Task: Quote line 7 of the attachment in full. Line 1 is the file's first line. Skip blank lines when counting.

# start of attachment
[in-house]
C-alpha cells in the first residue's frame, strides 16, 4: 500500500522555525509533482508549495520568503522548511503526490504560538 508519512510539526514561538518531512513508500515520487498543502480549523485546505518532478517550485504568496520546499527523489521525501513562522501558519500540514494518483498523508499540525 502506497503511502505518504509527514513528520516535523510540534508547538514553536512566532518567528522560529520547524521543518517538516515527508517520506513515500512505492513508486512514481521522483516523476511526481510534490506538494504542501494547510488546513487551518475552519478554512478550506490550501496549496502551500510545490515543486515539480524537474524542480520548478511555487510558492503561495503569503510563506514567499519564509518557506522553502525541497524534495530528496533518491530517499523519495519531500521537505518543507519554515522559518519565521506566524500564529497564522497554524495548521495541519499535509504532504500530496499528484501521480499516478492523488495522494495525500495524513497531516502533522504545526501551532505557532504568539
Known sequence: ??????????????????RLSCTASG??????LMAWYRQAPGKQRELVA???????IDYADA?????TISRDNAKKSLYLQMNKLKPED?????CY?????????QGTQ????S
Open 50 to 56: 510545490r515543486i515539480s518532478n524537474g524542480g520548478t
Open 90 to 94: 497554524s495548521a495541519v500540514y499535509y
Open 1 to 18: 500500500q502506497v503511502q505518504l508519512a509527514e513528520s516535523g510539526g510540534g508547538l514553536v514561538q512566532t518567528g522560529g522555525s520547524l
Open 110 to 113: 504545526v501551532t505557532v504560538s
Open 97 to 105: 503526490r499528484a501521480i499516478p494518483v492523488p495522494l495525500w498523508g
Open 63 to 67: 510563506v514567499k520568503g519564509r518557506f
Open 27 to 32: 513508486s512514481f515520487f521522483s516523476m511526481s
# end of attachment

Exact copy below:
Open 110 to 113: 504545526v501551532t505557532v504560538s